What about batteries in people's homes? Is this coming?
"This is very exciting, but we’re uncertain whether today's battery production is environmentally friendly enough. The environmental impact of extracting lithium, for example, is considerable, and the question is how long this technology is going to be allowed to call itself sustainable. The day we find out that electric vehicle batteries aren't sustainable, we have a huge problem."
The head of Fjordkraft believes that the big impact will come when we see a new type of battery technology, one that we’re not yet aware of.
"Then our whole business will be turned upside down, but it will probably be some time before that happens."
Fjordkraft's ambition is to create the most attractive power supplier in Norway. In 2016, Fjordkraft had a turnover of almost NOK 5 billion. The goal is to double in size by 2020. This will require more employees, and Fjordkraft is constantly hiring new people.
"My management team's task is to chart a clear path for our collective aspirations, says Barmen. "Our mission is to create the most attractive power supplier in Norway."
POSITION: CEO of Fjordkraft
EDUCATION: MBA from the Norwegian School of Economics and Business Administration
MANAGEMENT EXPERIENCE: Barmen has been operations manager of IKEA Bergen, regional director of Telenor Telehuset and CEO of Telering, Chess Communication and NextGenTel
FAMILY: Married to Charlotte Eriksen Barmen, has four children Kristoffer (24), Andreas (21), Helene (9) and Victoria (7)
Recently, Fjordkraft surprised the market with a clear requirement that the company's suppliers must commit to being carbon neutral by 2019. The initiative is gaining international attention, and the UNFCCC (United Nations Framework Convention on Climate Change) has published an article on the climate requirement that has spread on social media.
"We see this attention as an acknowledgment of what we ourselves consider to be a bold and innovative decision, and an inspiration in our further efforts," says Barmen. "Hopefully, the media coverage inspires other companies to set the same requirement for their suppliers."
Fjordkraft recommends that suppliers follow three steps towards carbon neutrality: Measure their carbon footprint, reduce their own emissions and compensate for their residual emissions.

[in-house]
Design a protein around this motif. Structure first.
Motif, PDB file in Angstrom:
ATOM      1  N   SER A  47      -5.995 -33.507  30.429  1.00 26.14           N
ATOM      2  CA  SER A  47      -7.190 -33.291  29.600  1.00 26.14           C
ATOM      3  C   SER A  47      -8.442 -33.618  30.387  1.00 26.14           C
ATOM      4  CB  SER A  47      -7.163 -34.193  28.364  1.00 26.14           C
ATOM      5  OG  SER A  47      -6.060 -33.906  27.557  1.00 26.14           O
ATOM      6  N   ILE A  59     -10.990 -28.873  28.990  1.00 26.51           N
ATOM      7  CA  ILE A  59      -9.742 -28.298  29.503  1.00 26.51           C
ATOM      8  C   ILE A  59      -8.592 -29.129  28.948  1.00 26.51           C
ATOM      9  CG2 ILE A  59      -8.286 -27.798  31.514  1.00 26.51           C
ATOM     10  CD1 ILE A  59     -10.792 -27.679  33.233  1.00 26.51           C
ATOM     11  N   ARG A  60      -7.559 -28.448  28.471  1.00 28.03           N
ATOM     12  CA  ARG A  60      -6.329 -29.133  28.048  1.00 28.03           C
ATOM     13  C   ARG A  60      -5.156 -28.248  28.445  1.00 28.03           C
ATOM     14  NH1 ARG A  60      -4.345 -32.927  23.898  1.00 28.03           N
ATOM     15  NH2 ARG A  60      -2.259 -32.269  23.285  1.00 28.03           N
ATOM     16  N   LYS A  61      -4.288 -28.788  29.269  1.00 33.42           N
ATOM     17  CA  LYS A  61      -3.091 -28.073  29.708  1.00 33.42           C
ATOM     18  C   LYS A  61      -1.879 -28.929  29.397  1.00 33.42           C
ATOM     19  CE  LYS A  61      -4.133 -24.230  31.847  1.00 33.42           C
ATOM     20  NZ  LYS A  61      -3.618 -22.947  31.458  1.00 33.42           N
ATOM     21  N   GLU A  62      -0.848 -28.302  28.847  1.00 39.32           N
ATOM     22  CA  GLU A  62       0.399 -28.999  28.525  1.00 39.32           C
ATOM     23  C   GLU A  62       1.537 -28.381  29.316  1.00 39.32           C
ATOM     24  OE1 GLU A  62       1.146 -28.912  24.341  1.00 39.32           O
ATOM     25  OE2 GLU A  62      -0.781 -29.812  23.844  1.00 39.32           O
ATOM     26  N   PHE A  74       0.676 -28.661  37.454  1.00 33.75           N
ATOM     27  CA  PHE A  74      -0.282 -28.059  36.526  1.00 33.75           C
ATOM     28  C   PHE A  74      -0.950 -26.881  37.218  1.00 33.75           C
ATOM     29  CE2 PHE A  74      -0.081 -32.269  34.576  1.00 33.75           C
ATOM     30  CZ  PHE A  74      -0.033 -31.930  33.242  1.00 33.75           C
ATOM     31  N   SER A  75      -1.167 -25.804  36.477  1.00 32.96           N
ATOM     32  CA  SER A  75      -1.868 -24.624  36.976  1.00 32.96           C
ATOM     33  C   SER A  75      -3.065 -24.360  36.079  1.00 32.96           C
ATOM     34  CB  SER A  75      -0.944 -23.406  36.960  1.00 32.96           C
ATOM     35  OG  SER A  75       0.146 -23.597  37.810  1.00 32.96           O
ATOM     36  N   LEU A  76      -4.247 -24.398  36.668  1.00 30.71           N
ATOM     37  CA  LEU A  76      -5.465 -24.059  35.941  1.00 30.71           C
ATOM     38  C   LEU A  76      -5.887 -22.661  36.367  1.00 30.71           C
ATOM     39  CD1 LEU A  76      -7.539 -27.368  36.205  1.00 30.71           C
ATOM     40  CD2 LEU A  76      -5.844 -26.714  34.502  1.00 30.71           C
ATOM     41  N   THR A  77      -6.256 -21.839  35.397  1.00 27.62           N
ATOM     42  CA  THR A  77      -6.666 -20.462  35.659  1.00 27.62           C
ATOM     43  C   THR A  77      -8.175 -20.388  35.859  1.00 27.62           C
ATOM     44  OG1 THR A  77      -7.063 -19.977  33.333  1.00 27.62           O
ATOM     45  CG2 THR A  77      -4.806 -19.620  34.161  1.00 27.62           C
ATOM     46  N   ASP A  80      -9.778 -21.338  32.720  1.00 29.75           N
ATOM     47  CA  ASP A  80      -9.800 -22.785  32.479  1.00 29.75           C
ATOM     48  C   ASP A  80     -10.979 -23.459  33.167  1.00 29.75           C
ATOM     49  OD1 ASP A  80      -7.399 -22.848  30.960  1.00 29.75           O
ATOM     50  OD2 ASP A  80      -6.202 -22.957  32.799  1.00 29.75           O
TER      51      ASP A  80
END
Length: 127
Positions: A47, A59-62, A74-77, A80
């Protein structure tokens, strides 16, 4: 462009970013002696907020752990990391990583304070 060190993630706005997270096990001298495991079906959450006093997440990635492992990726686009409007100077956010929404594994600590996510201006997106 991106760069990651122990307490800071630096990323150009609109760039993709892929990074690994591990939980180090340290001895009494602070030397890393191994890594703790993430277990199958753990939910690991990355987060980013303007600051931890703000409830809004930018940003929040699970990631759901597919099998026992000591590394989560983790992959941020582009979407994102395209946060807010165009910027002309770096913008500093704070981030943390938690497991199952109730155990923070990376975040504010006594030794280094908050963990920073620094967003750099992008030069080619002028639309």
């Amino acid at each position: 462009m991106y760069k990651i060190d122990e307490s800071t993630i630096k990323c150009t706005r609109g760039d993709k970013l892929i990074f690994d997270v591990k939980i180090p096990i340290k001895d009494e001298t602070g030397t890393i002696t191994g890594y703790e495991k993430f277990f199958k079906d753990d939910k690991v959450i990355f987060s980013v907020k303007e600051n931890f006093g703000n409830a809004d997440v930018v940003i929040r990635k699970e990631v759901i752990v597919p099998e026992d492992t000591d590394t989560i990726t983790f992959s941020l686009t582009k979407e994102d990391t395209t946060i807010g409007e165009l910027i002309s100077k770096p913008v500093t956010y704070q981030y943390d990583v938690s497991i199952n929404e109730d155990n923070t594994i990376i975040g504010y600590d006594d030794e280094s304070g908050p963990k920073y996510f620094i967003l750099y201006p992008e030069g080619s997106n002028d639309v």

"Fjordkraft wants to create a market where carbon neutrality is the new standard," Barmen says. "Looking ahead, we may also demand that our suppliers' suppliers be carbon neutral. It's ambitious, but it will create a domino effect that will exceed all other climate measures. In Fjordkraft, we want this to be an example that others can emulate. If suppliers don’t want to sign up for this, Fjordkraft will use its market influence to find alternative suppliers."
Rolf Barmen thinks it important that Statkraft is also on board.
"We are committed to finding solutions with an effect that reflects the challenge we face. Our goal is to create a market where carbon neutrality is not only the ideal, but the new standard. Companies have a responsibility beyond maximising profits, and a green shift can also provide a green bottom line. Carbon neutrality will be a competitive advantage for Fjordkraft and for all those who have the courage to go ahead and set the same requirements," says Fjordkraft's CEO.
Text: Knut Fjerdingstad
Photo: Hanne Solheim, Øystein Klakegg
This 'Powertalk' interview has also been published in Statkraft's magazine People & Power no. 2/2017.
29. Dec. 2017
Statkraft's internal magazine People & Power brings interesting stories about the energy sector and the company's business activities. Some of the feature articles in the magazine are presented here on the Stories web page.
Read more about the magazine